The typical stock fund manager is a sheep in wolf’s clothing: passively mimicking the market, with only a few small and timid active bets.
By taking the opposite approach,
Wilmot H. Kidd III
has racked up one of the greatest long-term track records in the history of investing.
Over the past 20 years, Mr. Kidd’s
Central Securities Corp.
, a closed-end fund, has outperformed
Berkshire Hathaway Inc. Over the past 25, 30, 40 and even nearly 50 years under Mr. Kidd, Central Securities has resoundingly beaten the S&P 500.
The keys to his success? Patience, concentration and courage.
On Dec. 31, Mr. Kidd, 80 years old, will step down as Central’s chief executive, although he will remain chairman. The fund has $1.3 billion in assets.
Don’t feel bad if you’ve never heard of Mr. Kidd. He has no LinkedIn page; barely even a photograph of him can be found online. He thinks my recent conversation with him is, at most, the fifth interview he has given in his half-century-long career.
But Mr. Kidd is a model for how to think about, and practice, intelligent investing.
In 1962, the business historian Alfred D. Chandler wrote that “unless structure follows strategy, inefficiency results.”
At most asset managers, strategy follows structure instead. As a result, funds own too many stocks, trade too frequently and charge too much.
No wonder most active managers underperform market-tracking index funds that charge a fraction of their fees.
At Central Securities, Mr. Kidd ensured that structure has followed strategy—with astounding results.
If you had invested $10,000 in Central Securities at the end of March 1974, when Mr. Kidd officially took over, you would have had nearly $6.4 million by the end of this October, according to the Center for Research in Security Prices. The same amount put into the stocks in the S&P 500 would have grown to $1.9 million. Central Securities grew at 14.5% annualized with dividends reinvested, versus 11.7% for the S&P 500 stocks.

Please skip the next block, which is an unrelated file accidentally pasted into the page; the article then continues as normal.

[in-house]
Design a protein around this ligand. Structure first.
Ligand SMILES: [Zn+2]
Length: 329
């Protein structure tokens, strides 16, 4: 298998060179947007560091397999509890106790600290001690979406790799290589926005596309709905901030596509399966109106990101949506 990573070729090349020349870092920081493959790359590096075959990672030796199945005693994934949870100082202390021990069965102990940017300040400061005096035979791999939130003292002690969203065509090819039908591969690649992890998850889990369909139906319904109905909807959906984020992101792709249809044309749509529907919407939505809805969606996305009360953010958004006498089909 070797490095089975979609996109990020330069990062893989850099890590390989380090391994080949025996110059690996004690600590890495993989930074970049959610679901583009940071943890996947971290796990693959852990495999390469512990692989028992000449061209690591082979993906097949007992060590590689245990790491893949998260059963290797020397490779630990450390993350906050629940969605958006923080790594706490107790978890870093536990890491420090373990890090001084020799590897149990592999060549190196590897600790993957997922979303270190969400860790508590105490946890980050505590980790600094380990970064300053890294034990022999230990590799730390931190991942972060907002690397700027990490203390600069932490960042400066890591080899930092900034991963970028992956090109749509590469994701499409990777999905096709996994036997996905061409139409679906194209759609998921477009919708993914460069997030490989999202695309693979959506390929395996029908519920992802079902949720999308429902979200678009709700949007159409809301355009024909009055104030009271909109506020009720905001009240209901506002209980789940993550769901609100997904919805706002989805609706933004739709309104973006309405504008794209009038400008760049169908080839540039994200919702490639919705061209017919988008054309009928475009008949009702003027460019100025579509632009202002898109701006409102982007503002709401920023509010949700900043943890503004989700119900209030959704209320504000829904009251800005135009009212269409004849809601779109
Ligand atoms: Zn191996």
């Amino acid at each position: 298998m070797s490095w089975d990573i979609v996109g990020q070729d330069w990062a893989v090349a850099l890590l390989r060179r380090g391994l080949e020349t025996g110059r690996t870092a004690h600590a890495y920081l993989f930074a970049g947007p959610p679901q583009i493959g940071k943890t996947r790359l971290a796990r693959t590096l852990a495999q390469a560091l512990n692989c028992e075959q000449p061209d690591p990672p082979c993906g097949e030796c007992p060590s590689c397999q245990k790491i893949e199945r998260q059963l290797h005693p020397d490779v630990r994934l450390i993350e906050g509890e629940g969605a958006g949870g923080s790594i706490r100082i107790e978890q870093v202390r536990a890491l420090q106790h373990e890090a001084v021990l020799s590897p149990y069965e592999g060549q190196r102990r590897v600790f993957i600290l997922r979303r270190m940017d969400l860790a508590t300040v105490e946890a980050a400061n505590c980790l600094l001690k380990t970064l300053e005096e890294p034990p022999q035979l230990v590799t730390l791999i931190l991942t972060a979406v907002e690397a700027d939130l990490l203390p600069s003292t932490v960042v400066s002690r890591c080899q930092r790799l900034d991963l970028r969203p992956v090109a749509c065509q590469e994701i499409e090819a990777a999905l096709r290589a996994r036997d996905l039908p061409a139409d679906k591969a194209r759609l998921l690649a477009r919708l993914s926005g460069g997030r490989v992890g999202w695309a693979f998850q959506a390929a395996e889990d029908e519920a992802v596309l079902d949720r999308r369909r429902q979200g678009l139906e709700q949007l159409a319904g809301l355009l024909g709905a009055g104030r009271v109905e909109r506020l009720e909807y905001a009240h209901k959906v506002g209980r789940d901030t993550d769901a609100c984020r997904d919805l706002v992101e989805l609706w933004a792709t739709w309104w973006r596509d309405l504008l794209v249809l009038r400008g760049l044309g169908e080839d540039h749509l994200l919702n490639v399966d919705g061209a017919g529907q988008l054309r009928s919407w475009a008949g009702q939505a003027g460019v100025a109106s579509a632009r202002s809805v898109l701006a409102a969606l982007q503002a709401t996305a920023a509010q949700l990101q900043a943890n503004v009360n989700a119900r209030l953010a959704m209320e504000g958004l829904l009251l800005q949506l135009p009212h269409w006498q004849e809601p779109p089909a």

That’s not to say Mr. Kidd has never underperformed. Over the past 10 years, according to Morningstar, Central has lagged the S&P 500 by an average of three percentage points annually as giant tech companies have raced ahead. (So far in 2021, Central is outperforming again.)
Central Securities Corp., a closed-end fund run by Wilmot Kidd, has beaten the market for remarkably long periods, faltering only a bit in recent years.
The firm was founded in 1929 as a closed-end fund. In that structure, new investors buy shares from someone else—rather than from the fund itself. Cash doesn’t flood in when stocks are overpriced, nor do investors demand their money back from the fund during bear markets. That enables a closed-end fund to manage its portfolio, without having to manage its investors.
Central Securities is internally advised, meaning Mr. Kidd and his two co-managers,
and Andrew O’Neill, work for the fund itself—not for a management company that charges the fund a fee. The fund’s expenses are running at 0.54% this year, far below the average at other closed-end or mutual funds. (Mr. Hill will become chief executive on Jan. 1.)
Mr. Kidd, his family and his family foundation own nearly 45% of the fund. “We’ve always said: We’re in business to make money for the stockholders, not off the stockholders,” he says.
Portfolio managers brag about being “long term” if they hold stocks for a year or so. Mr. Kidd makes those folks look like day traders. He has often held stocks for longer than many other portfolio managers have been alive. Central has owned
Analog Devices Inc.,
its second-largest position, for 34 years. Mr. Kidd held
Murphy Oil Corp.
for more than four decades, from 1974 to 2018.
Over the past 15 years, Central’s annualized portfolio turnover rate has averaged 11%. That means it holds its typical stock for nearly a decade—roughly six times longer than the average active mutual or closed-end fund, according to Morningstar.